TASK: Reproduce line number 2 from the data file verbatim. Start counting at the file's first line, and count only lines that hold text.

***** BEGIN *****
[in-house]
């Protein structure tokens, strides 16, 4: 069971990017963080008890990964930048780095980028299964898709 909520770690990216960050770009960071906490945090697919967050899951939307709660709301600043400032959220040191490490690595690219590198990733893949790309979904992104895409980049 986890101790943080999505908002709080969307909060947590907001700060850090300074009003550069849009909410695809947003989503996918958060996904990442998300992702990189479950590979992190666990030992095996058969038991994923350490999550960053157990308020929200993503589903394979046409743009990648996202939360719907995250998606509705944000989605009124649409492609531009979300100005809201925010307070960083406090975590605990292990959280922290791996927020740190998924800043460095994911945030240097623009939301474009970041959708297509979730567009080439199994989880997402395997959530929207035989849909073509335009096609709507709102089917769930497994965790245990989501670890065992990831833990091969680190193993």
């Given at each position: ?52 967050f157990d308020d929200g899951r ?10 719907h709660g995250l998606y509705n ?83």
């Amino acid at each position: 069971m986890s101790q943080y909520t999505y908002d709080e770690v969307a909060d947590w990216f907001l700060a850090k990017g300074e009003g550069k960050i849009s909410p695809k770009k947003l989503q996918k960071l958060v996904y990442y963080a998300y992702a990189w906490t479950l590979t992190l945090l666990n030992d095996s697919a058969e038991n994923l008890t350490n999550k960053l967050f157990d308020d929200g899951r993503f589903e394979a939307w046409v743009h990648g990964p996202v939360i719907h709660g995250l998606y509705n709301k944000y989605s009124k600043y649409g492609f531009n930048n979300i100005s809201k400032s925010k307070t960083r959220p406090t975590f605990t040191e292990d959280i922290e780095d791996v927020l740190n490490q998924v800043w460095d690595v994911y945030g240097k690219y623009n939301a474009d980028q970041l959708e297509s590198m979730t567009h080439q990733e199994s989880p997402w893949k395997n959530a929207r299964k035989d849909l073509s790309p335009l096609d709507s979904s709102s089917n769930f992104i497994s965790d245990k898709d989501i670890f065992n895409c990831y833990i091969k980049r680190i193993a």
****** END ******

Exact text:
């Protein structure tokens, strides 16, 4: 069971990017963080008890990964930048780095980028299964898709 909520770690990216960050770009960071906490945090697919967050899951939307709660709301600043400032959220040191490490690595690219590198990733893949790309979904992104895409980049 986890101790943080999505908002709080969307909060947590907001700060850090300074009003550069849009909410695809947003989503996918958060996904990442998300992702990189479950590979992190666990030992095996058969038991994923350490999550960053157990308020929200993503589903394979046409743009990648996202939360719907995250998606509705944000989605009124649409492609531009979300100005809201925010307070960083406090975590605990292990959280922290791996927020740190998924800043460095994911945030240097623009939301474009970041959708297509979730567009080439199994989880997402395997959530929207035989849909073509335009096609709507709102089917769930497994965790245990989501670890065992990831833990091969680190193993």